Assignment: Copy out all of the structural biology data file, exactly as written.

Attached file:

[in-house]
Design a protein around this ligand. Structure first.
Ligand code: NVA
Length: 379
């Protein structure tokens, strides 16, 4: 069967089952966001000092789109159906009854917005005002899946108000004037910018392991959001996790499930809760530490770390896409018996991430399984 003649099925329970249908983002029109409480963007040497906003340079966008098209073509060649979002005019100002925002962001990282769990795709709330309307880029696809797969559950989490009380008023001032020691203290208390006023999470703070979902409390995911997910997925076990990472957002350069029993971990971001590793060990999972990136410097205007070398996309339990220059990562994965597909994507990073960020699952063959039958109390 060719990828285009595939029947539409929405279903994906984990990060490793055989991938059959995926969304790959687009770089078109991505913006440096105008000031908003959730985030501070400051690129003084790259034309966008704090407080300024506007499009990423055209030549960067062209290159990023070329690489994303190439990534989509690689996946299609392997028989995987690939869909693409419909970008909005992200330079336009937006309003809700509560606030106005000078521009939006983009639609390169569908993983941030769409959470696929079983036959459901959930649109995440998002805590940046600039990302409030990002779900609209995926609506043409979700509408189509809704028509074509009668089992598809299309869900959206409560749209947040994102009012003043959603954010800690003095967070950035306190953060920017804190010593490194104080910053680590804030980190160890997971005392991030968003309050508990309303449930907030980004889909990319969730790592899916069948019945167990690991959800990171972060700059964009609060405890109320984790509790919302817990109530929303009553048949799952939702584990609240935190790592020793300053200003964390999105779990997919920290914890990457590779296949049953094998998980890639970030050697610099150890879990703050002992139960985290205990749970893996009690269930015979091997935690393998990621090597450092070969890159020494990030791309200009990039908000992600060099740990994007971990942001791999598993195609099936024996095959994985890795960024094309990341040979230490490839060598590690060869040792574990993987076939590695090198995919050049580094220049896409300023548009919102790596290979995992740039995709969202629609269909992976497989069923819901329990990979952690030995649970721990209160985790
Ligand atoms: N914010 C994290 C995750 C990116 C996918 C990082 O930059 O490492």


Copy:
[in-house]
Design a protein around this ligand. Structure first.
Ligand code: NVA
Length: 379
């Protein structure tokens, strides 16, 4: 069967089952966001000092789109159906009854917005005002899946108000004037910018392991959001996790499930809760530490770390896409018996991430399984 003649099925329970249908983002029109409480963007040497906003340079966008098209073509060649979002005019100002925002962001990282769990795709709330309307880029696809797969559950989490009380008023001032020691203290208390006023999470703070979902409390995911997910997925076990990472957002350069029993971990971001590793060990999972990136410097205007070398996309339990220059990562994965597909994507990073960020699952063959039958109390 060719990828285009595939029947539409929405279903994906984990990060490793055989991938059959995926969304790959687009770089078109991505913006440096105008000031908003959730985030501070400051690129003084790259034309966008704090407080300024506007499009990423055209030549960067062209290159990023070329690489994303190439990534989509690689996946299609392997028989995987690939869909693409419909970008909005992200330079336009937006309003809700509560606030106005000078521009939006983009639609390169569908993983941030769409959470696929079983036959459901959930649109995440998002805590940046600039990302409030990002779900609209995926609506043409979700509408189509809704028509074509009668089992598809299309869900959206409560749209947040994102009012003043959603954010800690003095967070950035306190953060920017804190010593490194104080910053680590804030980190160890997971005392991030968003309050508990309303449930907030980004889909990319969730790592899916069948019945167990690991959800990171972060700059964009609060405890109320984790509790919302817990109530929303009553048949799952939702584990609240935190790592020793300053200003964390999105779990997919920290914890990457590779296949049953094998998980890639970030050697610099150890879990703050002992139960985290205990749970893996009690269930015979091997935690393998990621090597450092070969890159020494990030791309200009990039908000992600060099740990994007971990942001791999598993195609099936024996095959994985890795960024094309990341040979230490490839060598590690060869040792574990993987076939590695090198995919050049580094220049896409300023548009919102790596290979995992740039995709969202629609269909992976497989069923819901329990990979952690030995649970721990209160985790
Ligand atoms: N914010 C994290 C995750 C990116 C996918 C990082 O930059 O490492």